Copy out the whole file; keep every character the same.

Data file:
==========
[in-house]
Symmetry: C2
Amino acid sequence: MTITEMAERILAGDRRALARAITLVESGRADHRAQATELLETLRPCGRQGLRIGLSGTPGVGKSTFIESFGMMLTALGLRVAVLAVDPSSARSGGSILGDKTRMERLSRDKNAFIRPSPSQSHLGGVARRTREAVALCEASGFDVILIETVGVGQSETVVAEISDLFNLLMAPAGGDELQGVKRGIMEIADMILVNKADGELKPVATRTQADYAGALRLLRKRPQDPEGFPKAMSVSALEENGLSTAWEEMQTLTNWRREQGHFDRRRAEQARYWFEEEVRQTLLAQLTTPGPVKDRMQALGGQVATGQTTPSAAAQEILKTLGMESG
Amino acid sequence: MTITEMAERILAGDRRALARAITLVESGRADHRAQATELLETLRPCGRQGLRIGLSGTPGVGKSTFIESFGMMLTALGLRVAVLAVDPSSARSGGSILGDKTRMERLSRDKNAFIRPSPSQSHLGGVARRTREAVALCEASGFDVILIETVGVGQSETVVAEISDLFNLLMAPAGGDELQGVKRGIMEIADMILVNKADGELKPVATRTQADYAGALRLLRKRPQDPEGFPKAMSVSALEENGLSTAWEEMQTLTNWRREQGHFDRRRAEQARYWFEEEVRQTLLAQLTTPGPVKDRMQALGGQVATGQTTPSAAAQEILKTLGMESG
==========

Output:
[in-house]
Symmetry: C2
Amino acid sequence: MTITEMAERILAGDRRALARAITLVESGRADHRAQATELLETLRPCGRQGLRIGLSGTPGVGKSTFIESFGMMLTALGLRVAVLAVDPSSARSGGSILGDKTRMERLSRDKNAFIRPSPSQSHLGGVARRTREAVALCEASGFDVILIETVGVGQSETVVAEISDLFNLLMAPAGGDELQGVKRGIMEIADMILVNKADGELKPVATRTQADYAGALRLLRKRPQDPEGFPKAMSVSALEENGLSTAWEEMQTLTNWRREQGHFDRRRAEQARYWFEEEVRQTLLAQLTTPGPVKDRMQALGGQVATGQTTPSAAAQEILKTLGMESG
Amino acid sequence: MTITEMAERILAGDRRALARAITLVESGRADHRAQATELLETLRPCGRQGLRIGLSGTPGVGKSTFIESFGMMLTALGLRVAVLAVDPSSARSGGSILGDKTRMERLSRDKNAFIRPSPSQSHLGGVARRTREAVALCEASGFDVILIETVGVGQSETVVAEISDLFNLLMAPAGGDELQGVKRGIMEIADMILVNKADGELKPVATRTQADYAGALRLLRKRPQDPEGFPKAMSVSALEENGLSTAWEEMQTLTNWRREQGHFDRRRAEQARYWFEEEVRQTLLAQLTTPGPVKDRMQALGGQVATGQTTPSAAAQEILKTLGMESG